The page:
Saturday, October 24, 2015

Why are we sad at funerals?

Several characteristic features of human nature, social life, and culture show signs of having been shaped in part by genetic inheritance, resulting from Darwinian selection in our ancestral past.  These evolutionary roots are explored in my new book (Aarssen 2015), where an interesting example concerns the function of funeral ceremonies, and the usual human emotional responses to them.  “The cardinal fact is that all people everywhere take care of their dead in some fashion, while no animal does anything of the sort. … Only a being who knows that he himself will die is likely to be really concerned about the death of others” (Dobzhansky 1967).

Do funerals make us sad then because we will miss the deceased, or because funerals force us to confront the morbid fear of our own eventual demise? Do we embrace these rituals because it honours the life and memory of the deceased, or because it provides an effective remedy for the terrifying reminder that — like the deceased — ‘my life is also impermanent’.

Perhaps funerals then serve mainly to alleviate a crippling worry:  ‘Will I be remembered?  Will I leave something of myself for the future?’  If so, then these emotions might be best understood in terms of a uniquely human Legacy Drive.  As Pinker (1997) put it:  “Ancestor worship must be an appealing idea to those who are about to become ancestors.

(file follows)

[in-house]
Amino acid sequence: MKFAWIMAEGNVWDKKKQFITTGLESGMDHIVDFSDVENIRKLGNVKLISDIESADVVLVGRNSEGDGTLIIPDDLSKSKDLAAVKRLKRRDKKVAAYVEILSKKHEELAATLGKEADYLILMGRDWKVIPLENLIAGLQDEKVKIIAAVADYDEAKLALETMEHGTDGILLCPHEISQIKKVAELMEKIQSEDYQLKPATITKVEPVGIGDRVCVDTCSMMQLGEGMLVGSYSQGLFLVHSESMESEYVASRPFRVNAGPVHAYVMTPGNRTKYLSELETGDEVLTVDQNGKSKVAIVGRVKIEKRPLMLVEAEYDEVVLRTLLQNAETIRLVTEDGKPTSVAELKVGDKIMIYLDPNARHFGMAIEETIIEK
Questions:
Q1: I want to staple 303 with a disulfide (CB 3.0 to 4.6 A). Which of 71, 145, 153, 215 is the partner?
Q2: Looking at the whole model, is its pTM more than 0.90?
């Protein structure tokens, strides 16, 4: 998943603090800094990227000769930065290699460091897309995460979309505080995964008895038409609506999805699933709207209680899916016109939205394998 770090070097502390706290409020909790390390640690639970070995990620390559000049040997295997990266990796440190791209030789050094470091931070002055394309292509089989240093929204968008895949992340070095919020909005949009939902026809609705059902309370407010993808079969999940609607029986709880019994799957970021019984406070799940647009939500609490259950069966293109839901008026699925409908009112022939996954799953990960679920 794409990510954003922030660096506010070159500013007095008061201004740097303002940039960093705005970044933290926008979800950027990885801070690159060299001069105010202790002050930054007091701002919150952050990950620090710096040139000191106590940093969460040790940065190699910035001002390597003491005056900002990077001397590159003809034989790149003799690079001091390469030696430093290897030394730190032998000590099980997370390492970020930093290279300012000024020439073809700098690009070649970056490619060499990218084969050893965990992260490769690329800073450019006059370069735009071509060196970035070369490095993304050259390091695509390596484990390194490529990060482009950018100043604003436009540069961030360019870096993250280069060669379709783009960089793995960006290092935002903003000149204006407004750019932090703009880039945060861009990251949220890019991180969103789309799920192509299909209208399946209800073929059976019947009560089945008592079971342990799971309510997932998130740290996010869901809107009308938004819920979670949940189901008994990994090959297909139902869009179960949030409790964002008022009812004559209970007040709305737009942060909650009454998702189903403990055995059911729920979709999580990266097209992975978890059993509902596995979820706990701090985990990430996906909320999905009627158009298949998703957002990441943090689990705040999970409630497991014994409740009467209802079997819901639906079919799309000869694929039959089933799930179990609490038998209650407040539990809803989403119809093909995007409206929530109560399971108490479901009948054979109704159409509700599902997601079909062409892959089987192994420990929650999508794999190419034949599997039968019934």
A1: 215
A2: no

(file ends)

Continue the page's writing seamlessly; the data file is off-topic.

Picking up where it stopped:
Also interesting is how the sadness and anxiety evoked by such confrontations with death are routinely mitigated by domains for Leisure Drive.  When the funeral is over, people are commonly anxious to forget it as soon as possible, by intentionally seeking out pleasurable, anxiety-buffering distractions — like eating, alcohol consumption, going shopping, and having sex (Mandel and Smeesters 2007, Schultz 2008, Birnbaum et al. 2011, Goldenberg 2013).

As Albert Camus (1956) put it: “Man is the only creature who refuses to be what he is.”


Aarssen L (2015) What Are We? Exploring the Evolutionary Roots of Our Future. Queen's University, Kingston.

Birnbaum G, Hirschberger G, Goldenberg J (2011) Desire in the face of death: Terror management, attachment, and sexual motivation. Personal Relationships 18 1-19.

Camus A (1956) The Rebel. Alfred A.Knopf, New York.

Dobzhansky T (1967) The Biology of Ultimate Concern. The New American Library, New York.

Goldenberg JL (2013) Immortal objects: The objectification of women as terror management. Objectification and (De)humanization 60: 73-95.

Mandel N, Smeesters D (2007) Shop ‘til you drop: the effect of mortality salience on consumption quantity. Advances in Consumer Research 34: 600-601.

Schultz N (2008) Morbid thoughts make us reach for the cookie jar. New Scientist 198: 12.

Pinker S (1997) How the Mind Works. Norton, New York.